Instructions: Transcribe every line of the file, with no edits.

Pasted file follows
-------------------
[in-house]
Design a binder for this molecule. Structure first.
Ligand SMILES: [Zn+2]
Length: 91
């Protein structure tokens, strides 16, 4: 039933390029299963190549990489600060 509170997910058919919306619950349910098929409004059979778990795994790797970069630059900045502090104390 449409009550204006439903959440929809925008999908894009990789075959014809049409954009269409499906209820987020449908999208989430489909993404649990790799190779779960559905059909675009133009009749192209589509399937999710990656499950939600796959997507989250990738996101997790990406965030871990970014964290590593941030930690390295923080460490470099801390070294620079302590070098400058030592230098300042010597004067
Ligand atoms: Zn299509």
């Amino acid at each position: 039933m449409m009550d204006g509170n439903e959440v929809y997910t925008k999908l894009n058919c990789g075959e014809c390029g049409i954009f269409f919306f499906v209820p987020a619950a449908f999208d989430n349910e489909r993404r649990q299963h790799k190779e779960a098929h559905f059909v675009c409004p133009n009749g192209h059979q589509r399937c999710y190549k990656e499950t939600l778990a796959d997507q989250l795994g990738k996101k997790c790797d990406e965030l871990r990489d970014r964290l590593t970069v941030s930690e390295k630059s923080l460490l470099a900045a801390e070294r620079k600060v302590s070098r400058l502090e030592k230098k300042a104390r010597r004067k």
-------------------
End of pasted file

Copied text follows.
[in-house]
Design a binder for this molecule. Structure first.
Ligand SMILES: [Zn+2]
Length: 91
């Protein structure tokens, strides 16, 4: 039933390029299963190549990489600060 509170997910058919919306619950349910098929409004059979778990795994790797970069630059900045502090104390 449409009550204006439903959440929809925008999908894009990789075959014809049409954009269409499906209820987020449908999208989430489909993404649990790799190779779960559905059909675009133009009749192209589509399937999710990656499950939600796959997507989250990738996101997790990406965030871990970014964290590593941030930690390295923080460490470099801390070294620079302590070098400058030592230098300042010597004067
Ligand atoms: Zn299509």
């Amino acid at each position: 039933m449409m009550d204006g509170n439903e959440v929809y997910t925008k999908l894009n058919c990789g075959e014809c390029g049409i954009f269409f919306f499906v209820p987020a619950a449908f999208d989430n349910e489909r993404r649990q299963h790799k190779e779960a098929h559905f059909v675009c409004p133009n009749g192209h059979q589509r399937c999710y190549k990656e499950t939600l778990a796959d997507q989250l795994g990738k996101k997790c790797d990406e965030l871990r990489d970014r964290l590593t970069v941030s930690e390295k630059s923080l460490l470099a900045a801390e070294r620079k600060v302590s070098r400058l502090e030592k230098k300042a104390r010597r004067k």